Puttering around in the garden

I saw a picture on twitter yesterday that got me thinking. Not thinking in any sort of productive way, but that way that writers start thinking, as in: There’s a story here and I’m going to find it. So, here is the story. It’s not well edited or polished, but here it is. 

To say Samantha loved her garden would paint a dramatically understated picture of bright days filled with every shade of green complimented by brilliant flowers in every color of the rainbow. She luxuriated in the smell of damp earth and gentle buzzing of a thousand types of insects. It was her one sanctuary from the hectic bustle of domestic demands, and a job that would make even Einstein’s brain hurt.
On a day as perfect as any she could recall, she went back into her garden, eyeing a big, horribly bland patch of grass. That patch of grass had been on her landscaping shit list for entirely too long. Sure, lawn was nice, but it was boring. She wanted more color, more vegetables, more greens, and most importantly, less grass to mow. She took out her shovel, she took out her hoe, she took out her gloves, and she faced the grass. 

Armed with the tools to convert a perfectly good lawn into a far better garden, she set to it. First, she removed the sod, then began turning black dirty digging ever deeper. With each shovel, she got the satisfying shuck of the shovel sinking into the earth. Then, a resounding clang rattled the shovel handle. 

Samantha frowned. Rocks of any notable size weren’t common in this area. The topsoil should go for many feet, not just a few inches. It certainly did in the rest of her garden. She tapped the bit of rock with her shovel and found it was, indeed, a substantial obstacle. It was deep enough that she could have left it, but leaving it would bother her. She got down on her hands and knees and set to finding the edges of the rock so she could move it.

A few minutes with her hands in the dirt and she uncovered not a rock, but a perfectly round metal object some sixteen inches in diameter. She continued to remove the dirt until she revealed an old rusted car wheel rim. It was absolutely embedded in the ground and wouldn’t so much as wiggle. More digging revealed the entire rim. It sat neatly in the hole as if she might just be able to pick it up and move it, yet it still wouldn’t budge. She pulled it, she kicked it, she even jammed the shovel under it and tried to pry, but nothing seems to help. It was almost as if it were still attached to the car. The thought made her feel cold, as if a great curtian of rain clouds had rolled over the perfect blue sky and quenched the sun.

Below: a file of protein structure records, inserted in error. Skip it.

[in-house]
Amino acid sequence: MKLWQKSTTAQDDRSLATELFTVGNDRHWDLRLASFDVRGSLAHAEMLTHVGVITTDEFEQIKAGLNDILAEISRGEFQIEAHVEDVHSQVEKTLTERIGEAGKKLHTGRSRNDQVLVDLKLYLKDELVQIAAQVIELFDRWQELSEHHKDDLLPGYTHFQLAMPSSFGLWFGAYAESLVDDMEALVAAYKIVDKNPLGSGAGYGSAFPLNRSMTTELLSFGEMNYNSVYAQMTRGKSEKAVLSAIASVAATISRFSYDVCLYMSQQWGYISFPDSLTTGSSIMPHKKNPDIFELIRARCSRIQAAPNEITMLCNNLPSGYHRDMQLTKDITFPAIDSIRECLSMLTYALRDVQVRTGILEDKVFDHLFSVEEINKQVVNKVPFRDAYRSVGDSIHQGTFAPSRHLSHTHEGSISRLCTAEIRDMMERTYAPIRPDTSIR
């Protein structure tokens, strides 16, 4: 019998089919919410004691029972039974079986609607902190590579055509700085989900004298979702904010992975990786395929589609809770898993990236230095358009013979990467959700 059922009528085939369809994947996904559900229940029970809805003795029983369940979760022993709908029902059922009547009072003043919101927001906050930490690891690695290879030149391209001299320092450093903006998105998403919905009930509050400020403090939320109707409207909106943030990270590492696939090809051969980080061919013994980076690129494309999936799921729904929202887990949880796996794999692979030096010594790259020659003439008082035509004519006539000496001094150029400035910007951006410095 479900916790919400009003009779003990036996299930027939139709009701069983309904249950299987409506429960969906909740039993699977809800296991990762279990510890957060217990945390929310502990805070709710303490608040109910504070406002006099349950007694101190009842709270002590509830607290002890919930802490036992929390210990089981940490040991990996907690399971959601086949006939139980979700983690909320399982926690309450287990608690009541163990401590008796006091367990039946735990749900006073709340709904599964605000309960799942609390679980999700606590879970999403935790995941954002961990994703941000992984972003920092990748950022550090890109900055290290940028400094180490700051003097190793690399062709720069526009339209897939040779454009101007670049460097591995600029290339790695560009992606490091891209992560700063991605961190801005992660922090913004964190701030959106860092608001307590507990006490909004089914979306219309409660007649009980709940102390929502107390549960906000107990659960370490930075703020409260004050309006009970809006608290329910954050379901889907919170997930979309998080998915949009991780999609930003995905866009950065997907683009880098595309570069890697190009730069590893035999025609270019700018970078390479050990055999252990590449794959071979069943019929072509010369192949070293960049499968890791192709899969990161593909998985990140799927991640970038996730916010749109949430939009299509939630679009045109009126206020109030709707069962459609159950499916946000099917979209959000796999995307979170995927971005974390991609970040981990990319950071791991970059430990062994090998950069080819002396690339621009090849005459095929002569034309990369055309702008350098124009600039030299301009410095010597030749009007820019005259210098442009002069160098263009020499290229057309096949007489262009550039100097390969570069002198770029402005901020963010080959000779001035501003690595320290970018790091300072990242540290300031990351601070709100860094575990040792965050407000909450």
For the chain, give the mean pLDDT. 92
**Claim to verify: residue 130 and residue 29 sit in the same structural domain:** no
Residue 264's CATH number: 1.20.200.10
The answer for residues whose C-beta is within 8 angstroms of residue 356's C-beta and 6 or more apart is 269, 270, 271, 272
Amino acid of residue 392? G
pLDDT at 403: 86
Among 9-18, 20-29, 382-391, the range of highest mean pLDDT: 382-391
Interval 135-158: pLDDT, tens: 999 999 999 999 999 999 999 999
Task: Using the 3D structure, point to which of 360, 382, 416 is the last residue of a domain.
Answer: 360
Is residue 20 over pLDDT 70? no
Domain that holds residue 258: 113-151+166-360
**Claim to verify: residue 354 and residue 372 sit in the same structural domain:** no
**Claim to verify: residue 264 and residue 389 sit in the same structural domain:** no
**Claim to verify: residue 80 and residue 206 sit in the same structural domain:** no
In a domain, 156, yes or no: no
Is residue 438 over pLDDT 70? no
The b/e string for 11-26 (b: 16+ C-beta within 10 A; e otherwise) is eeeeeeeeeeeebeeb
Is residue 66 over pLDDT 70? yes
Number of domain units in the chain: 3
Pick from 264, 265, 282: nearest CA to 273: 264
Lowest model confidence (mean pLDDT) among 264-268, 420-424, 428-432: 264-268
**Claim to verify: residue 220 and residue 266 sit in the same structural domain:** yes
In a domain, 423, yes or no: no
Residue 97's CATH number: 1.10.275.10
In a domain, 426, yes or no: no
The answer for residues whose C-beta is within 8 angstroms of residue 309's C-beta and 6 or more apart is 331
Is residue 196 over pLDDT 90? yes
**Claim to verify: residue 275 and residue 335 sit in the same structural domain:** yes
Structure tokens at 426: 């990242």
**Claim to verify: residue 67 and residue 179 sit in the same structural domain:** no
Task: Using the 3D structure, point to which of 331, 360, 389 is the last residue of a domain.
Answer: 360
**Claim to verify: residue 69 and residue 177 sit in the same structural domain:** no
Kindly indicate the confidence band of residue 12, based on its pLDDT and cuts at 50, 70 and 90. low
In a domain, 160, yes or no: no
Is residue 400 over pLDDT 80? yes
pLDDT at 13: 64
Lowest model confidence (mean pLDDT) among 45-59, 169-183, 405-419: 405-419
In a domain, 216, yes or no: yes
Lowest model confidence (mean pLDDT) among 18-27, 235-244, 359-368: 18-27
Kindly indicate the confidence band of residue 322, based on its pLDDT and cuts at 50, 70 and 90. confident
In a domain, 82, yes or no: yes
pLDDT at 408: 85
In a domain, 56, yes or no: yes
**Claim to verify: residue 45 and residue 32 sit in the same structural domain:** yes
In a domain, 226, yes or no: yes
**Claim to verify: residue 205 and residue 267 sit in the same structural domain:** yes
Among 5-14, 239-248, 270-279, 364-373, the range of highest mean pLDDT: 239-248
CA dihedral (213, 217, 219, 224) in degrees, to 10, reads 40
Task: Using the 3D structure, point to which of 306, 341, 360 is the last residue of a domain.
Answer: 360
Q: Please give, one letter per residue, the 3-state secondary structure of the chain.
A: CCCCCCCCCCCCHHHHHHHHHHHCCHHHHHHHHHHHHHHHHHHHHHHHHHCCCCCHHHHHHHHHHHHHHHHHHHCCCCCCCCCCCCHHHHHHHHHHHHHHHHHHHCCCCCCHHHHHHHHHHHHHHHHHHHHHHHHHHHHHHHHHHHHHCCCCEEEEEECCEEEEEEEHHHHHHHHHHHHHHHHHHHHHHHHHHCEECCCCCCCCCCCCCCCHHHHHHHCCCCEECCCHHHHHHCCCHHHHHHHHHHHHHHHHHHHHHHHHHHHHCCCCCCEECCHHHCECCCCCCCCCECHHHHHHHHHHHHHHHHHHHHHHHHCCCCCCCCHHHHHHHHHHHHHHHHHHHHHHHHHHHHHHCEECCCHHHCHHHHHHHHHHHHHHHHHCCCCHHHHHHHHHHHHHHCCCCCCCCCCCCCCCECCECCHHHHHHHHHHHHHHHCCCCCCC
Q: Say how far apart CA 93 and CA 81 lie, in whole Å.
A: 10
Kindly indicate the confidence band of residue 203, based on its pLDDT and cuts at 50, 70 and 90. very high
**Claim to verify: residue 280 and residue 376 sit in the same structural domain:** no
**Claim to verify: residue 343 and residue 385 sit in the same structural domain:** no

In an attempt to reassure herself that this silly bit of debris was not still attached to a vehicle, she cleared yet more dirt from further around the rim. It took little time before she struck something else. This time, she hit what proved to be a fender. She nearly stopped and covered the whole mess, but curiosity pressed her on. Who would bury and entire car? 

As the morning wore on to afternoon and threatened to become evening, Samantha revealed more and more of the car, finally coming to the driver’s side door window. She tapped it with her shovel once, then twice, and on the third tap it shattered. It was so sudden and unexpected that she let out a little scream. Then she looked around to make sure nobody had noticed. They hadn’t, she was quite alone. The kids were with dad at soccer practice. 

Curiosity continued to push her, so she took her shovel and pushed it in through the broken window. She tentatively poked the interior of the car. The shovel stopped. Something pulled on it. She pulled back, but the shovel wouldn’t come free, then it shot clean out of her hands. She stared, absolutely dumbfounded and more than a little frozen by fear, staring at the broken window where her shovel had disappeared. 

A skeletal hand reached out of the window. Samantha screamed and turned to run, but something grabbed her leg. She screamed all the harder as she fell to the ground and something pulled her inexorably toward the broken car window. No matter how hard she grabbed at the grass and thrashed about, she kept moving until she reached the very edge of the car window. Then, she felt more bony fingers grasp her legs, pulling her yet hard, and in one very hard, swift yank, she was in darkness.

When her husband and children returned from soccer practice, they found a shovel, and a hoe, and a pair of gloves laying next to a small hole where an old car rim sat partially covered in dirt.